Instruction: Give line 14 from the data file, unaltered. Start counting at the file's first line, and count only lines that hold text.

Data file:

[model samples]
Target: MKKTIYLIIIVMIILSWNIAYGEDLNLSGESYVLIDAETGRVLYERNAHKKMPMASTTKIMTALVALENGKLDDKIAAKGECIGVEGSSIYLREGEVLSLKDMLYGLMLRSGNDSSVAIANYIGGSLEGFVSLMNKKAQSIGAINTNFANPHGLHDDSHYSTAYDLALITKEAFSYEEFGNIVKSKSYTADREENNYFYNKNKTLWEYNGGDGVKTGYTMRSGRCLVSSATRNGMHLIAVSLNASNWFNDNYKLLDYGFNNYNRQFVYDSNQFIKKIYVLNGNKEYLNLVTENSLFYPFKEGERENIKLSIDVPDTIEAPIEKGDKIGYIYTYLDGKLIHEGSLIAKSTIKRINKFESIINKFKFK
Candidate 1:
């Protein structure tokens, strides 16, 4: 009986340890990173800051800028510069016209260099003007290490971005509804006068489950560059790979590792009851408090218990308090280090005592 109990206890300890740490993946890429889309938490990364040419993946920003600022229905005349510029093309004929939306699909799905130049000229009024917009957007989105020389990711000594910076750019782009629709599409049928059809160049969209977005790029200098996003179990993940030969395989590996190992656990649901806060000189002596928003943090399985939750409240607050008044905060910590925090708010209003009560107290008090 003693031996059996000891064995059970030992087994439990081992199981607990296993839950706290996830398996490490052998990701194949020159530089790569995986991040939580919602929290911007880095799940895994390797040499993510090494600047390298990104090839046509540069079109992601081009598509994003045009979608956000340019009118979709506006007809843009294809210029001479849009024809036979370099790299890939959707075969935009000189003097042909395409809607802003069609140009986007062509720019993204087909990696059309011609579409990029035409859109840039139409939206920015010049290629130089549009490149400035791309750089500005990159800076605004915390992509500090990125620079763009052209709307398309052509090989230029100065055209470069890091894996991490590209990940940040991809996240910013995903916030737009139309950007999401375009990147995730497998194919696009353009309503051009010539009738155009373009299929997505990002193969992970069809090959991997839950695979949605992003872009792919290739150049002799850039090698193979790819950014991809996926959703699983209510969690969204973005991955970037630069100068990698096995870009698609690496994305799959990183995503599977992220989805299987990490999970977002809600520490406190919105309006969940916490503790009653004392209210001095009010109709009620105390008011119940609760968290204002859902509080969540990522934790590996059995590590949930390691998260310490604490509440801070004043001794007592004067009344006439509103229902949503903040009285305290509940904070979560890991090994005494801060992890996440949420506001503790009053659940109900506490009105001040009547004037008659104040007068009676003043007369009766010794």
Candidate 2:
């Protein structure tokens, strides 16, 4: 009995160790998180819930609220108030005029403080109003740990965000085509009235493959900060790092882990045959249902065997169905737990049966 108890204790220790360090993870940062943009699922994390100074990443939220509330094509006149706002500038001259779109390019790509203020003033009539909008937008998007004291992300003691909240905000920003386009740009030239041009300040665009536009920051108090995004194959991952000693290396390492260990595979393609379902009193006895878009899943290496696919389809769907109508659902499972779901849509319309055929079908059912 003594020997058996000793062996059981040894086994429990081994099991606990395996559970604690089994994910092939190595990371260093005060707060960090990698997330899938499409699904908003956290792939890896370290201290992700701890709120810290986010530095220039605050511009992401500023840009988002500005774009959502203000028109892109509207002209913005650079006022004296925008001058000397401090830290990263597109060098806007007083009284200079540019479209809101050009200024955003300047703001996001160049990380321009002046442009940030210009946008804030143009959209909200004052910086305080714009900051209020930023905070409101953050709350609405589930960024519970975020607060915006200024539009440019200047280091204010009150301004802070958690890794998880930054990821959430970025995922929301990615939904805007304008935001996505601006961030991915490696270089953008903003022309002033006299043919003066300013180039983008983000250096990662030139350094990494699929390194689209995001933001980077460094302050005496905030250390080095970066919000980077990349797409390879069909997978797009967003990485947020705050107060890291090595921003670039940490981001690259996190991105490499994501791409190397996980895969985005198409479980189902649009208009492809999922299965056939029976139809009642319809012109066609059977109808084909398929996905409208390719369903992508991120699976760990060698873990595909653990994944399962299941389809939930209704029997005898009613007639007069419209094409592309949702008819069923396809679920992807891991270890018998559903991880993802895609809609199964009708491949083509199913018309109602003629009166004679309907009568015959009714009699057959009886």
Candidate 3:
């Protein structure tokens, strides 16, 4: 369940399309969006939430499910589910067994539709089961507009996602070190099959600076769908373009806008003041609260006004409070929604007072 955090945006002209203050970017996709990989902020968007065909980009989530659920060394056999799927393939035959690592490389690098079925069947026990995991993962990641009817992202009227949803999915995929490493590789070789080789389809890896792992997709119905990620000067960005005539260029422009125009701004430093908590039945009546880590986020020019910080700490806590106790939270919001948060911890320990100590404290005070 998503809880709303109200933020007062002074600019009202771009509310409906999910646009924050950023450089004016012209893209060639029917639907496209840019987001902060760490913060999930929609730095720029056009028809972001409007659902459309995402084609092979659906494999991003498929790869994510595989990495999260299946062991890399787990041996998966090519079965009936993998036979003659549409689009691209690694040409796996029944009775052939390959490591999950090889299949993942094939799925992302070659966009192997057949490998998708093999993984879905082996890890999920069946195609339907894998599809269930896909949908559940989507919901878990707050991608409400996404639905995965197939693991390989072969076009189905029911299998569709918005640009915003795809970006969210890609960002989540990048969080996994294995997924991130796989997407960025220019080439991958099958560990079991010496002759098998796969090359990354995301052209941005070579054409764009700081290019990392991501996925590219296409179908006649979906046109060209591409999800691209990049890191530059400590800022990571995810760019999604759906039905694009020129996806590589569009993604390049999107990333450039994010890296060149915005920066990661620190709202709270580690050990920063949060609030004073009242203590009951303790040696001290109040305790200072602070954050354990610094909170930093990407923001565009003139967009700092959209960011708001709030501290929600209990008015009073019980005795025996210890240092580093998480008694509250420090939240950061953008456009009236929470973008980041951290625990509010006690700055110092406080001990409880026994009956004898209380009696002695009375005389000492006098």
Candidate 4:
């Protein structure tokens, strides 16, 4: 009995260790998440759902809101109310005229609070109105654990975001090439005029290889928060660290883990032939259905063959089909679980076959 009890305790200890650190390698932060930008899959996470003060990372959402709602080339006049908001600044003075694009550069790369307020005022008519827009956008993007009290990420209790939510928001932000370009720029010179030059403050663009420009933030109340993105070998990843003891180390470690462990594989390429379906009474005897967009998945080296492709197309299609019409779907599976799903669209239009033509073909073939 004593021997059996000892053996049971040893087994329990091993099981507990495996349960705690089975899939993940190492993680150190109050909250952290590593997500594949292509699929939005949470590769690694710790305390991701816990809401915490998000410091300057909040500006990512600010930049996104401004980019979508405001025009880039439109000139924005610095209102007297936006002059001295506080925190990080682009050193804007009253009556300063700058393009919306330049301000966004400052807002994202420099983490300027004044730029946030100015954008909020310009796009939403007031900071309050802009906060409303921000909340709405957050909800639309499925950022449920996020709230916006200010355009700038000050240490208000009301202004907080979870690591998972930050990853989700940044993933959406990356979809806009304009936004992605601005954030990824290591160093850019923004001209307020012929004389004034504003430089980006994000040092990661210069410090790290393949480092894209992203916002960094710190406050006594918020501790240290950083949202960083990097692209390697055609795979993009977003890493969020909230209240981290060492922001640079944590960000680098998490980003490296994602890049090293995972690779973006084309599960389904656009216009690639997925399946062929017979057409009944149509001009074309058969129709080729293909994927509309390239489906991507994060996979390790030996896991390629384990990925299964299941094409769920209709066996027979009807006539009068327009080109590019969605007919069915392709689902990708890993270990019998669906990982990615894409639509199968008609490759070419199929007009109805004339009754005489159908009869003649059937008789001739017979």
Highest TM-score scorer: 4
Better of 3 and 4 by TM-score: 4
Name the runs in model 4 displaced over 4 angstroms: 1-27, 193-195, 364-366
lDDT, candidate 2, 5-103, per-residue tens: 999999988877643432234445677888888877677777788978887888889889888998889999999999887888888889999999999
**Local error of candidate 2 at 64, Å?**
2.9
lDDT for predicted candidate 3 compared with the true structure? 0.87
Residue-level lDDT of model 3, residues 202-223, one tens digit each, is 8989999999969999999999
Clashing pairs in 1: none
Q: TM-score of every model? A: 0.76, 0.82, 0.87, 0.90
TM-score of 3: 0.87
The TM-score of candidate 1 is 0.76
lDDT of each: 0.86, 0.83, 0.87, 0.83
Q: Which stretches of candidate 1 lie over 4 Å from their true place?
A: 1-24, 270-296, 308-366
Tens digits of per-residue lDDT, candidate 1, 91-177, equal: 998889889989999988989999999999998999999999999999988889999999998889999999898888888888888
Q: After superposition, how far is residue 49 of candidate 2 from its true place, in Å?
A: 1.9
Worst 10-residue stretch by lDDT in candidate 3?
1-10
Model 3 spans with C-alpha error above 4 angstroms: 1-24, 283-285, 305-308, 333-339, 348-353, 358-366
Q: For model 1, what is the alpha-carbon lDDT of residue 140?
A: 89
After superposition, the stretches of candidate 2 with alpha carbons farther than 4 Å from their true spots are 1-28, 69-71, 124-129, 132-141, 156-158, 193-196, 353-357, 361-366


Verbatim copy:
lDDT, candidate 2, 5-103, per-residue tens: 999999988877643432234445677888888877677777788978887888889889888998889999999999887888888889999999999